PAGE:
The number of aphid species in the family Aphididae is approximately 4 700 and circa 10% of those occur on crops (Blackman and Eastop, 2007). Most aphid species are specialized in their host range. It is common for aphids to only use plant species within a plant family as hosts, or species from two distinct families if aphids are host alternating (Blackman and Eastop 1984). This high degree of specialization requires that aphids have the ability to distinguish hosts from non-hosts using their sensory organs (Pettersson et al., 2007). Despite this host specialisation aphids have certain feeding characteristics in common. After alighting on a plant, aphids start probing with their stylet-shaped mouthparts, on the plant surface and in the plant tissue. The stylet is predominantly pushed in between plant cells, but during its way to the phloem most plant cells along the route are briefly punctured (Pettersson et al., 2007). This is believed partly to take place for the aphids to localize the stylet in relation to phloem tissue and to assess host status, but also to inject watery saliva to improve host quality. Watery saliva is also injected into the phloem, before the phloem sap is taken up. During ingestion, watery saliva is produced as well, transported with the phloem sap into the food canal (Pettersson et al., 2007). Over the whole plant probing period, gelling saliva is also produced. This type of saliva forms a protective sheet around the stylet and seals punctured plant cells. The chemical content of gelling saliva is more conserved between aphid species than is the content of the watery saliva. The main compound in gelling saliva is a sheath-forming protein, and probably there are also cell wall-degrading proteins and oxidases (van Bel and Will, 2016). The watery saliva contains various compounds like carbohydrates, phospholipids and proteins, of which many are in the categories of Ca2+-binding, proteolytic and oxidising proteins and effectors (Thompson and Goggin, 2006; Giordanengo et al., 2010). Effectors are compounds that interact with the host plant and thereby change plant function and structures in various ways (Rodriguez and Bos, 2013). Several proteins from aphid watery saliva have been shown to promote or reduce aphid performance in a species-specific way. In compatible plant interactions, aphid performance may be promoted by effector-driven downregulation of functional plant defense or by regulation of plant factors that are positive to the aphid (Giordanengo et al., 2010; van Bel and Will, 2016; Mondal, 2017).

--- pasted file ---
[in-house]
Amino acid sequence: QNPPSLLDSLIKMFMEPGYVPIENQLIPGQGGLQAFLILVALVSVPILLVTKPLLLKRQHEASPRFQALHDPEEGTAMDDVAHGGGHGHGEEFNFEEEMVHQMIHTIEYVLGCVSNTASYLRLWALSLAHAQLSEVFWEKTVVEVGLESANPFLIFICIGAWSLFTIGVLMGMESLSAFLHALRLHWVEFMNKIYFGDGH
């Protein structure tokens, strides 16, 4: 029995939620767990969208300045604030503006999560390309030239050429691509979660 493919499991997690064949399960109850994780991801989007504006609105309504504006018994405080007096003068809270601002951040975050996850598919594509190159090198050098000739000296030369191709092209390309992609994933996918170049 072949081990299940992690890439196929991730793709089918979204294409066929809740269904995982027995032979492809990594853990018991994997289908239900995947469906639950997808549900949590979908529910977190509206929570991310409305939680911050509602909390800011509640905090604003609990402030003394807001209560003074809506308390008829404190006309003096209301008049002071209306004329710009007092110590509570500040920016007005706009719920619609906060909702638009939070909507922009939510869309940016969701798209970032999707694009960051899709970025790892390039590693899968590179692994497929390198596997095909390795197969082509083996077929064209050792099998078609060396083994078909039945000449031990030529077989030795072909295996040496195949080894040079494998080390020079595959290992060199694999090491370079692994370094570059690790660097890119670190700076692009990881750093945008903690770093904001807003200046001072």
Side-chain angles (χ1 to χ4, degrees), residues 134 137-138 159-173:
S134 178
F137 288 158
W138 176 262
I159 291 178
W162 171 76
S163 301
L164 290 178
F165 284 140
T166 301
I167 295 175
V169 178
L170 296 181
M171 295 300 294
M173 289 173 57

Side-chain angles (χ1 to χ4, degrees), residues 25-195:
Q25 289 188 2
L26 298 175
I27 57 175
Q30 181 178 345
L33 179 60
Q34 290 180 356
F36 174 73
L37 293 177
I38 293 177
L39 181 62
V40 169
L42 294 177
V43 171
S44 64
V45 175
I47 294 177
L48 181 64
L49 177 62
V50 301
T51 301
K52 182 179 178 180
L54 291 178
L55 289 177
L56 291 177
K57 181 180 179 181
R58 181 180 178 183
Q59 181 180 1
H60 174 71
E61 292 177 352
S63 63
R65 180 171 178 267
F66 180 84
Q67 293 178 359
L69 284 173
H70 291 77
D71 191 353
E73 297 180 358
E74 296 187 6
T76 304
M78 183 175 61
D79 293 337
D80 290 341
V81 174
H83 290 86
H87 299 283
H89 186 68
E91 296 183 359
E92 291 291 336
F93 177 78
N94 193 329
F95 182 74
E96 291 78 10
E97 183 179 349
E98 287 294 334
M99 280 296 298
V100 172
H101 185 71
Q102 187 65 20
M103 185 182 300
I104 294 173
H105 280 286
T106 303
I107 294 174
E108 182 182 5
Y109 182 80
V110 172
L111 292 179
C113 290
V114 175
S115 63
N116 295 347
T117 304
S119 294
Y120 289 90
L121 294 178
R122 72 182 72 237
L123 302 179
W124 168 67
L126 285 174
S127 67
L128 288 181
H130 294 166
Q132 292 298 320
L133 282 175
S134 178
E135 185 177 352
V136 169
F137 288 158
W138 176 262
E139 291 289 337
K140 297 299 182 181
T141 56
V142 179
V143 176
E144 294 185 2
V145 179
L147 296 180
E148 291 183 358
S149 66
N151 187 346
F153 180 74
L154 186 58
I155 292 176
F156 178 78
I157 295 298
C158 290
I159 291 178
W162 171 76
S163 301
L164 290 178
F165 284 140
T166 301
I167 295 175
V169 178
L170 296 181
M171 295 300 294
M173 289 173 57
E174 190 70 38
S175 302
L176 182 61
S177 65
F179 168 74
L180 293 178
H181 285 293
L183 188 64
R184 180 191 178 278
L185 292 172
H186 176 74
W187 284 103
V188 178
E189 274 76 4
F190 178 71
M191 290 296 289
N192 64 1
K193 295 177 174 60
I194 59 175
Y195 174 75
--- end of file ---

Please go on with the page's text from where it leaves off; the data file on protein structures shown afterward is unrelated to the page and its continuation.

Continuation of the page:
The knowledge about aphid-induced plant responses has increased dramatically during recent years. There are now many pairs of aphid species/plant species combinations where “global” plant gene regulations have been studied, mainly at the transcriptional level, but to some extent also at the protein and metabolite levels. Aphid-induced plant genes may change the way the plant functions as an aphid host, to the better or to the worse. Approximately half of the 62 studies presented in Table 1 have included both susceptible and resistant plant genotypes, with the aim to distinguish differences between these two categories of plants in order to better understand mechanisms of plant resistance. This might in turn be used for more precise selection of resistant plants in plant breeding programs. In the present review we instead aim at emphasizing similarities in gene regulation between susceptible plants subjected to aphid feeding, keeping in mind that there might also be aphid/plant-specific interactions. This knowledge may be applied in breeding programs with the aim to reduce susceptibility rather than to increase resistance to aphids.